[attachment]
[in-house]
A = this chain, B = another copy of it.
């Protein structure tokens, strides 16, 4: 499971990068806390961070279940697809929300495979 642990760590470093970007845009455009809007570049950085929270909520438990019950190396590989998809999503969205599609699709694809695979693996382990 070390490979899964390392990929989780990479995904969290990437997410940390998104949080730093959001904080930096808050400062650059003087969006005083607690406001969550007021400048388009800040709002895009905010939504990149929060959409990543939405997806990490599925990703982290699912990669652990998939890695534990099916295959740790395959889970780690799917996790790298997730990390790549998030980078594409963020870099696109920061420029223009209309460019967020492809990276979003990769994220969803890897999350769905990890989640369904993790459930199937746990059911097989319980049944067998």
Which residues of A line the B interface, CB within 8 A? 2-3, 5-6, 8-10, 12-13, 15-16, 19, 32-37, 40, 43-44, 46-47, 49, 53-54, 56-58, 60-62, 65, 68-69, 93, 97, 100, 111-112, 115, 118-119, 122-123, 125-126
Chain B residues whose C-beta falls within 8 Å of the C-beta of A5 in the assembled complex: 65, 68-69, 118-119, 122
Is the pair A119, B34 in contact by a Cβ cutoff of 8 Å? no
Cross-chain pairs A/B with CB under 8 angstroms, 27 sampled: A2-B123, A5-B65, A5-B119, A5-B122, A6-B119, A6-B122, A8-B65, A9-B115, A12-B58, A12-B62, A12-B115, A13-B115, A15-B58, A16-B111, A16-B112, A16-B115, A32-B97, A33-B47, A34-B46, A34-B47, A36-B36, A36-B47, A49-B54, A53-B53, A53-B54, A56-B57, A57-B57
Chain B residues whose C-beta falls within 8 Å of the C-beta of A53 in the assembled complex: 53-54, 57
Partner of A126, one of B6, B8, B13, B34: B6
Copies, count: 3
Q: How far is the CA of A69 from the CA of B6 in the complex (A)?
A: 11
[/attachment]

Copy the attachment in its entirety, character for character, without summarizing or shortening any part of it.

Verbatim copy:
[in-house]
A = this chain, B = another copy of it.
């Protein structure tokens, strides 16, 4: 499971990068806390961070279940697809929300495979 642990760590470093970007845009455009809007570049950085929270909520438990019950190396590989998809999503969205599609699709694809695979693996382990 070390490979899964390392990929989780990479995904969290990437997410940390998104949080730093959001904080930096808050400062650059003087969006005083607690406001969550007021400048388009800040709002895009905010939504990149929060959409990543939405997806990490599925990703982290699912990669652990998939890695534990099916295959740790395959889970780690799917996790790298997730990390790549998030980078594409963020870099696109920061420029223009209309460019967020492809990276979003990769994220969803890897999350769905990890989640369904993790459930199937746990059911097989319980049944067998």
Which residues of A line the B interface, CB within 8 A? 2-3, 5-6, 8-10, 12-13, 15-16, 19, 32-37, 40, 43-44, 46-47, 49, 53-54, 56-58, 60-62, 65, 68-69, 93, 97, 100, 111-112, 115, 118-119, 122-123, 125-126
Chain B residues whose C-beta falls within 8 Å of the C-beta of A5 in the assembled complex: 65, 68-69, 118-119, 122
Is the pair A119, B34 in contact by a Cβ cutoff of 8 Å? no
Cross-chain pairs A/B with CB under 8 angstroms, 27 sampled: A2-B123, A5-B65, A5-B119, A5-B122, A6-B119, A6-B122, A8-B65, A9-B115, A12-B58, A12-B62, A12-B115, A13-B115, A15-B58, A16-B111, A16-B112, A16-B115, A32-B97, A33-B47, A34-B46, A34-B47, A36-B36, A36-B47, A49-B54, A53-B53, A53-B54, A56-B57, A57-B57
Chain B residues whose C-beta falls within 8 Å of the C-beta of A53 in the assembled complex: 53-54, 57
Partner of A126, one of B6, B8, B13, B34: B6
Copies, count: 3
Q: How far is the CA of A69 from the CA of B6 in the complex (A)?
A: 11